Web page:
Aleksander Sternfeld-Dunn, Wichita State University’s assistant professor of composition, music theory and technology, finds himself among an elite group of performing artists. Earlier this month, he was awarded the 2013 American Prize in composition for his saxophone concerto “Fireworks.”
He’s quick to emphasize that the honor is about more than his talent or ambition, though; he sees it as an opportunity to promote the richness of cultural arts in Kansas and as a way to highlight the abilities of the Wichita arts community.
“It’s always nice to be recognized doing good work and for offering something up that is of a higher artistic value,” he said. “That for sure is a nice part of it, but the more exciting thing is what it means for Kansas. There has been a stigma that if you are going to be a successful artist, you need to be on the East Coast or the West Coast. You can be an artist anywhere, though. My hope is that it will bring more attention to Kansas as a place where there are serious artists who are making real art.”
Sternfeld-Dunn’s sentiments about the award’s implications for Kansas are particularly relevant to his personal story. Born and raised in the San Francisco Bay Area, he said that Wichita was not on his radar as a possible place to relocate, simply because he never perceived the Midwest as being an epicenter for the arts. Educated on both coasts, he received his master’s degree in music composition from Washington State University and earned his doctorate from the Hartt School of Music in Hartford, Conn. He returned to Washington after his course work to teach but was in a non-tenured track position.
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When a position opened at Wichita State that offered more stability, he applied after hearing positive things about the city’s arts scene from a colleague who had ties to Kansas. Sternfeld-Dunn received offers from other universities but chose Wichita as the city in which to relocate himself and his family. That was in the summer of 2011, and he is now about to start his third academic year with the university.
The origins of this award have their roots in one of Sternfeld-Dunn’s first forays as a Kansas educator. Shortly after his hire, Victor Markovich, Wichita State’s director of Winds and Percussion Studies, wanted to showcase the talent of his newly minted faculty. He asked Sternfeld-Dunn and Robert Young, who had recently joined the music department as assistant professor of saxophone, to put together a concerto that would be performed at the upcoming Kansas Music Educators Conference. Six months later, in February 2012, “Fireworks” debuted to critical acclaim and enthusiastic accolades.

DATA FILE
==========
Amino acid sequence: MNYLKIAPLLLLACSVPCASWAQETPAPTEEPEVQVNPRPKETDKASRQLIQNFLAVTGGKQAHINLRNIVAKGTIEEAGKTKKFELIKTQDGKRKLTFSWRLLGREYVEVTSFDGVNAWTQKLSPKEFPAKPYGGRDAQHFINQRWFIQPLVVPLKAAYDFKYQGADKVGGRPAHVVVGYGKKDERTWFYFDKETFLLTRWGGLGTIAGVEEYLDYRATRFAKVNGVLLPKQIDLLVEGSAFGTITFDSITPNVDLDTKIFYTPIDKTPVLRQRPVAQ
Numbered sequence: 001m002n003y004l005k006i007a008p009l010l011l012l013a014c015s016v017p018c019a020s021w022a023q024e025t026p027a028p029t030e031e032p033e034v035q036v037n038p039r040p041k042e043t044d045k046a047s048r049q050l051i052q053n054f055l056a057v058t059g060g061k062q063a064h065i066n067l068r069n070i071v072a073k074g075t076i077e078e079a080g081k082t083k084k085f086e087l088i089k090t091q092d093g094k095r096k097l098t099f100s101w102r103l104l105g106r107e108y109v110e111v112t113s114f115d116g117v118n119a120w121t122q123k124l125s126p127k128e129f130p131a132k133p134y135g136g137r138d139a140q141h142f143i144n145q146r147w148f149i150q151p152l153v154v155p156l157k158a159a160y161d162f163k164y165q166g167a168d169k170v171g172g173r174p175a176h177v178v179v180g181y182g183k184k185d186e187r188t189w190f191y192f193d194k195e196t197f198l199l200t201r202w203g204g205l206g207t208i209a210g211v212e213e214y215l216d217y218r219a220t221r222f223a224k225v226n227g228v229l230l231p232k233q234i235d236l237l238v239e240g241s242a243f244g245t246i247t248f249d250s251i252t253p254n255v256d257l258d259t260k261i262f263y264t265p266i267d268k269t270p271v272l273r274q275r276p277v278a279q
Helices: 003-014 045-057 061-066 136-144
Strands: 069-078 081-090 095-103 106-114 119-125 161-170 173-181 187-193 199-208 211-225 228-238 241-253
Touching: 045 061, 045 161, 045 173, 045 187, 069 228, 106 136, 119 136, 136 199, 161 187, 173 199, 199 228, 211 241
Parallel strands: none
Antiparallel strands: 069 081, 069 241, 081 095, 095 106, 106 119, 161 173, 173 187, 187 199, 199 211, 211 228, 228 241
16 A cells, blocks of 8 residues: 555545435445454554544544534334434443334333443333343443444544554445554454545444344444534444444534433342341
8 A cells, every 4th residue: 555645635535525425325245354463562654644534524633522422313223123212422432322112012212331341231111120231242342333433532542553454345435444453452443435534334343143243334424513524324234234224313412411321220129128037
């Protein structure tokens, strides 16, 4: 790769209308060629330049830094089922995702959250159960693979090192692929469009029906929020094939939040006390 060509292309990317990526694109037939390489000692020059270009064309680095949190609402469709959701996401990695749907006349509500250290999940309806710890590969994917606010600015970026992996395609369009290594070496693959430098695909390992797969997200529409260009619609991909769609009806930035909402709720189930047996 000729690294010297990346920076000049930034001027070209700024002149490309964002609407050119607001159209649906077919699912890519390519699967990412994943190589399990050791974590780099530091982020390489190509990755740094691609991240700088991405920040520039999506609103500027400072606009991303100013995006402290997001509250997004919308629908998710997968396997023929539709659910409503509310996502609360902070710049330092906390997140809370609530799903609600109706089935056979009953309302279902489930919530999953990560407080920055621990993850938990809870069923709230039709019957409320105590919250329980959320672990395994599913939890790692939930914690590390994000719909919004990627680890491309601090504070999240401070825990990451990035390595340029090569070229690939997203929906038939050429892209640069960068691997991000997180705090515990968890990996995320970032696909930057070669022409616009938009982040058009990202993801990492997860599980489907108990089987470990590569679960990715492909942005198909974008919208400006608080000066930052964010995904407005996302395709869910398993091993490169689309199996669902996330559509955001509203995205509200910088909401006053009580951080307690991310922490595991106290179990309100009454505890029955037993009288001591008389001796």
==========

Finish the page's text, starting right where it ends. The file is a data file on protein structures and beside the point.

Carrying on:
Reflecting on that experience, he said that initially it was stressful having to put together a work of substantial length in that short of a time frame. He did, however, have a solo clarinet piece that was about a minute and a half long that he had wanted to develop. That was called “Firecracker,” and it became the framework for building the “Fireworks” piece. The name alludes to the style of the music.
“The piece itself is pretty high energy,” Sternfeld-Dunn said. “Robert is a very technical player; he can do a lot of flashy and then really fast up. When I wrote the piece, it was really custom made for his playing style and ability. It features a lot of fast passages, a lot of virtuosic techniques. People reacted well to it because it had a very high energy feel.”
Sternfeld-Dunn said the piece is a fitting example of how he approaches wind music creatively.
“There are two characteristics that are predominant in my music: it’s very rhythmic and very melodic. Those two things tend to dominate the style of most of my pieces. It demonstrates a contemporary model. My music doesn’t really sound anything like Mozart.”
The American Prize was started in 2009 as a way to encourage and highlight emerging artists and as a means to spotlight creative talent across multiple areas in the performing arts at both the professional and student level. The annual award is administered by the Hat City Music Theater, a nonprofit organization based in Danbury, Conn. Winners are selected by a panel of judges through recorded performances submitted by applicants. Winners receive cash prizes and an award certificate.
Sternfeld-Dunn said it was his first year to enter this competition, and that he was surprised to learn he had won. He’s quick to point out that he has gotten far more rejections than awards, something he wants his students to be mindful of. Perseverance and a love for the creative process are the keys to success, he says. He thinks this honor is particularly important for them because it’s extremely important for students to see that their teachers are active in their fields and on the front end of creative developments that are happening.
“A lot of people who care about this competition will see that the winner came from Wichita, Kansas. Hopefully it will bring attention,” he said. “I’m from the West Coast, but I’m in Kansas. This award was given to a Kansas artist who works for a Kansas institution who performed a work for a Kansas conference. My hope is that more artists will make their impact, so that Kansas is a place where the arts are taken seriously and where they thrive with a community supporting them.”
Learn more about Aleksander Sternfeld-Dunn at www.aleksandersternfelddunn.com.